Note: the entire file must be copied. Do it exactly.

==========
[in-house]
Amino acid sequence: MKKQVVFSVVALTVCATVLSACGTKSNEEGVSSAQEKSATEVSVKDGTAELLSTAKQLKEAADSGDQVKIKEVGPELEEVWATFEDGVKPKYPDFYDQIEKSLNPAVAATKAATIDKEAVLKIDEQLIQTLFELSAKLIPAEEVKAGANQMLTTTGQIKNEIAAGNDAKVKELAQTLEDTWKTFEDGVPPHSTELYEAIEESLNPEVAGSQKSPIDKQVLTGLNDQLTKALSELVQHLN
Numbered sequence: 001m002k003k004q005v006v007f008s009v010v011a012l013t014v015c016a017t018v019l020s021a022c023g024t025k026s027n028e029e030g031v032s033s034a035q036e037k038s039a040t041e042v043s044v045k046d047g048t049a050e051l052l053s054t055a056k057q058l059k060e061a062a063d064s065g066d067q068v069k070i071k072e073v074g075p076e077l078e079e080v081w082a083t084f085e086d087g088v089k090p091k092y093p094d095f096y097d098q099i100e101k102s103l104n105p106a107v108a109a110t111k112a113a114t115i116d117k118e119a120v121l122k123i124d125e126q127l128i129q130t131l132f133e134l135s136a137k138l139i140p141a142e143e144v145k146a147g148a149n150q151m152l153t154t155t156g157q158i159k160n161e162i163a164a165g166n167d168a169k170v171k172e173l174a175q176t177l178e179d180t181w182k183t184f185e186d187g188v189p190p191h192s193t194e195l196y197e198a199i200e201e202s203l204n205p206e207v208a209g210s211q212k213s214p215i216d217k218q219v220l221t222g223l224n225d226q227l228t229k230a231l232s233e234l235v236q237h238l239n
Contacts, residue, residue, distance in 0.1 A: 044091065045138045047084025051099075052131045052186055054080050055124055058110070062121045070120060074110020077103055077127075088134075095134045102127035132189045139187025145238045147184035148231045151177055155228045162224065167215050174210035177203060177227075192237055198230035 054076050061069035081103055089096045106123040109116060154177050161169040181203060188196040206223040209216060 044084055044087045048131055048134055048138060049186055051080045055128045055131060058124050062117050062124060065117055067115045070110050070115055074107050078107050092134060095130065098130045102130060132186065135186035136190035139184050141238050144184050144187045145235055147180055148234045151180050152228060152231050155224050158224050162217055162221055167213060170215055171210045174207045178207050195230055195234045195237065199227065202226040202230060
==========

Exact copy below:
[in-house]
Amino acid sequence: MKKQVVFSVVALTVCATVLSACGTKSNEEGVSSAQEKSATEVSVKDGTAELLSTAKQLKEAADSGDQVKIKEVGPELEEVWATFEDGVKPKYPDFYDQIEKSLNPAVAATKAATIDKEAVLKIDEQLIQTLFELSAKLIPAEEVKAGANQMLTTTGQIKNEIAAGNDAKVKELAQTLEDTWKTFEDGVPPHSTELYEAIEESLNPEVAGSQKSPIDKQVLTGLNDQLTKALSELVQHLN
Numbered sequence: 001m002k003k004q005v006v007f008s009v010v011a012l013t014v015c016a017t018v019l020s021a022c023g024t025k026s027n028e029e030g031v032s033s034a035q036e037k038s039a040t041e042v043s044v045k046d047g048t049a050e051l052l053s054t055a056k057q058l059k060e061a062a063d064s065g066d067q068v069k070i071k072e073v074g075p076e077l078e079e080v081w082a083t084f085e086d087g088v089k090p091k092y093p094d095f096y097d098q099i100e101k102s103l104n105p106a107v108a109a110t111k112a113a114t115i116d117k118e119a120v121l122k123i124d125e126q127l128i129q130t131l132f133e134l135s136a137k138l139i140p141a142e143e144v145k146a147g148a149n150q151m152l153t154t155t156g157q158i159k160n161e162i163a164a165g166n167d168a169k170v171k172e173l174a175q176t177l178e179d180t181w182k183t184f185e186d187g188v189p190p191h192s193t194e195l196y197e198a199i200e201e202s203l204n205p206e207v208a209g210s211q212k213s214p215i216d217k218q219v220l221t222g223l224n225d226q227l228t229k230a231l232s233e234l235v236q237h238l239n
Contacts, residue, residue, distance in 0.1 A: 044091065045138045047084025051099075052131045052186055054080050055124055058110070062121045070120060074110020077103055077127075088134075095134045102127035132189045139187025145238045147184035148231045151177055155228045162224065167215050174210035177203060177227075192237055198230035 054076050061069035081103055089096045106123040109116060154177050161169040181203060188196040206223040209216060 044084055044087045048131055048134055048138060049186055051080045055128045055131060058124050062117050062124060065117055067115045070110050070115055074107050078107050092134060095130065098130045102130060132186065135186035136190035139184050141238050144184050144187045145235055147180055148234045151180050152228060152231050155224050158224050162217055162221055167213060170215055171210045174207045178207050195230055195234045195237065199227065202226040202230060